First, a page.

Lian made his first home video when he was four years old. He taped an old camera to one of his toy trucks and called it the Mars Rover and gave a good age appropriate telling of what Rover's job is, while our neighbors looked on in wonder. One would think that by now I would be past my private snickers and giggles at their reactions to Lian's projects. Of course, one would think that by now they would cease to be amazed to find him hard at work creating something, giving the viewers in his video camera a blow by blow description. 

Maybe it is just that the projects keep getting bigger. Today our summer memory was building a river system from its source waterfall through the flood plains all the way to its mouth at the ocean.  It was a huge project encompassing several boards, a roll of aluminum foil, a roll of duct tape and several garbage bags. It took a couple of hours to build and gathered a bit of an audience by the end. At the beginning however, it was hilarious to watch grown people surreptitiously trying to spy on what we were building, whispering comments to each other, loud enough to make Shakespeare proud. I suppose I could take the high road and just assume that they were simply basking in the brilliance that is my little angel. After all, maybe there aren't a lot of kids who attempt to build a river for fun. Still it isn't like this is a new occurrence.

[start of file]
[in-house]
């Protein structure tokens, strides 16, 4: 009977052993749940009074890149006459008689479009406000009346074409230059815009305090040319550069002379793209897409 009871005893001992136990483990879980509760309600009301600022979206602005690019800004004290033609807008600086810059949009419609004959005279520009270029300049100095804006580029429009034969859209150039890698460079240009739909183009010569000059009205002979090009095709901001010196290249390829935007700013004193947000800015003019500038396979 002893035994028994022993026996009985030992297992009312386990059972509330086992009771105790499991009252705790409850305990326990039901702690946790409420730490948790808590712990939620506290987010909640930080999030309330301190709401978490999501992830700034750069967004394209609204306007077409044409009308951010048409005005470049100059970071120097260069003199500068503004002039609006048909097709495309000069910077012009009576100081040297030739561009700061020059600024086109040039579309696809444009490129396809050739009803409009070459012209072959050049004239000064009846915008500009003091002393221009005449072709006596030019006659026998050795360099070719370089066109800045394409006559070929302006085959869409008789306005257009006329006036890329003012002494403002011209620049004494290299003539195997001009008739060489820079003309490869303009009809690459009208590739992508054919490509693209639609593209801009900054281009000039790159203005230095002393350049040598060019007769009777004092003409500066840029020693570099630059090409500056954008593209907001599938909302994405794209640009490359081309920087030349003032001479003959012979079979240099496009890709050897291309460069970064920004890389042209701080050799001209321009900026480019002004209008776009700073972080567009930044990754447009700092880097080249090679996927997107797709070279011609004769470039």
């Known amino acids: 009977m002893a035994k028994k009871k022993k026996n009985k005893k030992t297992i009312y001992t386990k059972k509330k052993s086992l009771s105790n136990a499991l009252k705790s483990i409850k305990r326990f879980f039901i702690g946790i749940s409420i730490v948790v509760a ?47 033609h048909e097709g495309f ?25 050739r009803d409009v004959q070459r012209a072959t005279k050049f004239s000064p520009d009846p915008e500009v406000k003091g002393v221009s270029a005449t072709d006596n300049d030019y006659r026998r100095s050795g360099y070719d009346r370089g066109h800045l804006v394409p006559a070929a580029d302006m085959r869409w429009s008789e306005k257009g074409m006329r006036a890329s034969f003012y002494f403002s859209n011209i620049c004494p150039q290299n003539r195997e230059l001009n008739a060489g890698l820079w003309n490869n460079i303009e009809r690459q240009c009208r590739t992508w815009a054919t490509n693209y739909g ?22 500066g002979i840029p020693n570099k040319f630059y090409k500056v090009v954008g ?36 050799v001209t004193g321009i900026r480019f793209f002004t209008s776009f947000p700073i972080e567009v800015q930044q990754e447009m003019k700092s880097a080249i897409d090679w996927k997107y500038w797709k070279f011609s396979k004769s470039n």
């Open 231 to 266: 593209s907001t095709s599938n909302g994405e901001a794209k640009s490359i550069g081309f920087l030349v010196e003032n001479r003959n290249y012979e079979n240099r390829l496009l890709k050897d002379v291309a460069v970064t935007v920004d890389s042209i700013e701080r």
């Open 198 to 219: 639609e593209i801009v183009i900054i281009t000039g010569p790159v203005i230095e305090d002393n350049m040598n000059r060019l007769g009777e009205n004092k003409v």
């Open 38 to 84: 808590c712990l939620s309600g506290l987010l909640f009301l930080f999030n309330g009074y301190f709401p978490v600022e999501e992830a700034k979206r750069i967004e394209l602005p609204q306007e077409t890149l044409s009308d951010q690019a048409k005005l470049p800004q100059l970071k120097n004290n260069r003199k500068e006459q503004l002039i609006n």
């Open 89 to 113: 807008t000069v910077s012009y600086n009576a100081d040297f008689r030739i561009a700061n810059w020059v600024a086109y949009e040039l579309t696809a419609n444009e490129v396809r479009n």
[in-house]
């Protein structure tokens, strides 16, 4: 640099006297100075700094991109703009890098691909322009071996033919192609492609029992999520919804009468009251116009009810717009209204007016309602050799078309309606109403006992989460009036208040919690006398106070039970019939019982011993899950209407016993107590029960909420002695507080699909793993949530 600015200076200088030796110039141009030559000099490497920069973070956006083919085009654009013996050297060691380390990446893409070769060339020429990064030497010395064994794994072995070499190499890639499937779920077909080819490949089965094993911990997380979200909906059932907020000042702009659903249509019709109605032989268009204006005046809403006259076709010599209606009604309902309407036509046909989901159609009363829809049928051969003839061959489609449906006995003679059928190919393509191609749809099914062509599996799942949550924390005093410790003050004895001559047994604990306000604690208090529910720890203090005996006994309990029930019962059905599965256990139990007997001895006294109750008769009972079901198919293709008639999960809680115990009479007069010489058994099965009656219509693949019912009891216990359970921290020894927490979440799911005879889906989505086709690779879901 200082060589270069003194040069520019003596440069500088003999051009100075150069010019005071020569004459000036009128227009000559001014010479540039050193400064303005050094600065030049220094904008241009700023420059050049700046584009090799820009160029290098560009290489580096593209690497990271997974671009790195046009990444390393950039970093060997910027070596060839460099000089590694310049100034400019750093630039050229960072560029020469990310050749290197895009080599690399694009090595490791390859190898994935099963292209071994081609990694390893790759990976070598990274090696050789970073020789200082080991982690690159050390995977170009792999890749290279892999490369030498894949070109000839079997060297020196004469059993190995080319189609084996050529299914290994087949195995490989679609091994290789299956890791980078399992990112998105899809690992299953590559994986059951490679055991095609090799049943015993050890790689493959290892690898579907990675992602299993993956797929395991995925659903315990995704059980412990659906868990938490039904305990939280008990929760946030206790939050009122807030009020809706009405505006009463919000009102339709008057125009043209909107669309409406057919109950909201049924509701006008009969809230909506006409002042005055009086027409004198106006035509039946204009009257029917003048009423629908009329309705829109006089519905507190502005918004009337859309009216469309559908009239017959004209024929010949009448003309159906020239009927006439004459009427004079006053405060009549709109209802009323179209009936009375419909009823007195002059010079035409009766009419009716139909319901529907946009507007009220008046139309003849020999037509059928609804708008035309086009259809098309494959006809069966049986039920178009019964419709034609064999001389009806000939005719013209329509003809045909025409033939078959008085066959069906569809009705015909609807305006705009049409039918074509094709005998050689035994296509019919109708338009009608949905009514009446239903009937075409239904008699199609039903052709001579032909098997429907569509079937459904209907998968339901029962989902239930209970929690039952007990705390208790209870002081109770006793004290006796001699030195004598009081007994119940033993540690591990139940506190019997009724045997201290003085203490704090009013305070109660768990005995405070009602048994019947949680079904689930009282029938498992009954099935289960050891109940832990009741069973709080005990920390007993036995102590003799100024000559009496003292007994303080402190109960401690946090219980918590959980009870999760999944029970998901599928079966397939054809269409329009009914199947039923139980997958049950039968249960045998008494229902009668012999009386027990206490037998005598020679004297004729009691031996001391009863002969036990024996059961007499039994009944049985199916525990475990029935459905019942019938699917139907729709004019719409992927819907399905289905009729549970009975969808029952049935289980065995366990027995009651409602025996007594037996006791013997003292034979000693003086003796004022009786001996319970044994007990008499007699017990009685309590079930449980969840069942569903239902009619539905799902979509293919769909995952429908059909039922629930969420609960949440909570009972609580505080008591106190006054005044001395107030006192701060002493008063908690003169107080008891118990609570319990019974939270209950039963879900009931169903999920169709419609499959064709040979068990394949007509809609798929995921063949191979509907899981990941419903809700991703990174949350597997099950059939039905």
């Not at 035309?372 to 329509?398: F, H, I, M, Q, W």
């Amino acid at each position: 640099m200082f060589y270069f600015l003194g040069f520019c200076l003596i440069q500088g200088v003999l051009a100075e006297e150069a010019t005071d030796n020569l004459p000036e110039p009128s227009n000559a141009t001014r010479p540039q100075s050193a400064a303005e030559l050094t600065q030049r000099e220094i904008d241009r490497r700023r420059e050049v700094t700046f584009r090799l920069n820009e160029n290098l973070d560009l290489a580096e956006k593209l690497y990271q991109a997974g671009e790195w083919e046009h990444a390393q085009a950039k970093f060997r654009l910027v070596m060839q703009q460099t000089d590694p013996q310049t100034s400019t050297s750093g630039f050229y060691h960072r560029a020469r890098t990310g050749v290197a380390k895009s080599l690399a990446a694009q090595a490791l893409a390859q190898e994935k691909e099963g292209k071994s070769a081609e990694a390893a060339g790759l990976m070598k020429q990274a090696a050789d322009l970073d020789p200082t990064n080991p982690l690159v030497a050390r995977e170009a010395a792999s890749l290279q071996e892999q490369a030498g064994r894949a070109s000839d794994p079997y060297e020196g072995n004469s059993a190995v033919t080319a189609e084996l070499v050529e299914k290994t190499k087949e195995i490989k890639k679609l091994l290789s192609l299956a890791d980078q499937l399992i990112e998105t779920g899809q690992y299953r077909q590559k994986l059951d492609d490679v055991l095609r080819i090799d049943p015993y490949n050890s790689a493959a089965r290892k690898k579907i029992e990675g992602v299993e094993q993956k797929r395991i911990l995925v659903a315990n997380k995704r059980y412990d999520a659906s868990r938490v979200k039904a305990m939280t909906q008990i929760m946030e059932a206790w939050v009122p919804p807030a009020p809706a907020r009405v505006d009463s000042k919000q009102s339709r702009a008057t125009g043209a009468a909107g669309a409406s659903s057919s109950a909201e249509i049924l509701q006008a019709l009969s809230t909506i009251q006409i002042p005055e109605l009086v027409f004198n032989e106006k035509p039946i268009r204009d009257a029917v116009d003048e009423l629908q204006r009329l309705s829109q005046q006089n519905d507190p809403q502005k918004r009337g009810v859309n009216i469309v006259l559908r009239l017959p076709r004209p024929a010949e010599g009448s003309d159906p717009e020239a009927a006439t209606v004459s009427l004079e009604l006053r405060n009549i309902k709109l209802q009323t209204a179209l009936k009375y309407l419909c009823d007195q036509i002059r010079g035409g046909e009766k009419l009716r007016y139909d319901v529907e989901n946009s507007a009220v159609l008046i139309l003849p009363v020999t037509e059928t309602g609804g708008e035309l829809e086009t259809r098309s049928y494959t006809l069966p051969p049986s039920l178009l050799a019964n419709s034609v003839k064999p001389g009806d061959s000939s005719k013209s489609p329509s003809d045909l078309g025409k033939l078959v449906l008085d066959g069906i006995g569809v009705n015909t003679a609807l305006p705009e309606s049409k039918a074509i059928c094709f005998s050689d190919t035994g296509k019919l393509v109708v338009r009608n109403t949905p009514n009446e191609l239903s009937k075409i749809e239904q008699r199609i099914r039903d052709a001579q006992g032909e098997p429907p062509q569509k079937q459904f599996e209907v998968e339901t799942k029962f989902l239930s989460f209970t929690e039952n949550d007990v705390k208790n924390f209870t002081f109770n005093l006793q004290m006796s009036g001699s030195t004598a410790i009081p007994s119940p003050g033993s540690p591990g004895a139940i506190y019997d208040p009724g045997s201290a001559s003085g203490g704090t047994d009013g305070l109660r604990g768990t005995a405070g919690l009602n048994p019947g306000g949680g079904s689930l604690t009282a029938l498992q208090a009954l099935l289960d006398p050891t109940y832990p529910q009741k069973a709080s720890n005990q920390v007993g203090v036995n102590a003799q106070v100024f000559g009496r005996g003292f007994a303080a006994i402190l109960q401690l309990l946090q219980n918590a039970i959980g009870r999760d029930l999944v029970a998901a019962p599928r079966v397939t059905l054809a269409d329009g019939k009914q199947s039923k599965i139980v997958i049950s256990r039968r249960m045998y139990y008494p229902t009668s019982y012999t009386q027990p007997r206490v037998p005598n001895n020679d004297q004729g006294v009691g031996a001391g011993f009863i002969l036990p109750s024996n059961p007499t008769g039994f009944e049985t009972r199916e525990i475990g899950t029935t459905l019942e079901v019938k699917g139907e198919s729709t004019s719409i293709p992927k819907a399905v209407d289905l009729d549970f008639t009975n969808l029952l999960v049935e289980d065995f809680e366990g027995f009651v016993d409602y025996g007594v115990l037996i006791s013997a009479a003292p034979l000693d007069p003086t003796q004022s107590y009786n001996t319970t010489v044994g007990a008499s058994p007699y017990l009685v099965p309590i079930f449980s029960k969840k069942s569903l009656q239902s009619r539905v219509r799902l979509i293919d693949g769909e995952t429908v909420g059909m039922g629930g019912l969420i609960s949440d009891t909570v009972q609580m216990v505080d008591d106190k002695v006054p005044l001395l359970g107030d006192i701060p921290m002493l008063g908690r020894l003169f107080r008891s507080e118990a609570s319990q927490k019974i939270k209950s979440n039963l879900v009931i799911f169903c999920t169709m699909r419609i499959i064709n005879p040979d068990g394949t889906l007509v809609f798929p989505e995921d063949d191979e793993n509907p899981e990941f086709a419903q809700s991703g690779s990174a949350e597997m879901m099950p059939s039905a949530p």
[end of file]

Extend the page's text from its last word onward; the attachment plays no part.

Sadly, our river failed. It flooded out in the flood plains and never made it to the ocean. Our boat capsized in one of the resulting lakes.  

Our day of memory making was a complete success. The floods were simply a teaching tool, since rivers do tend to flood and change course quite often. My little engineer is hard a t work trying to come up with a redesign that will make his boat float to the ocean and we have several elements that did work and can be reused. Plus we got a great blog post out of it. Two, if you count this one. Today was a summer memory that my mom would have been proud of. I think my neighbors made a memory or two themselves. =)

So, what is your favorite summer memory?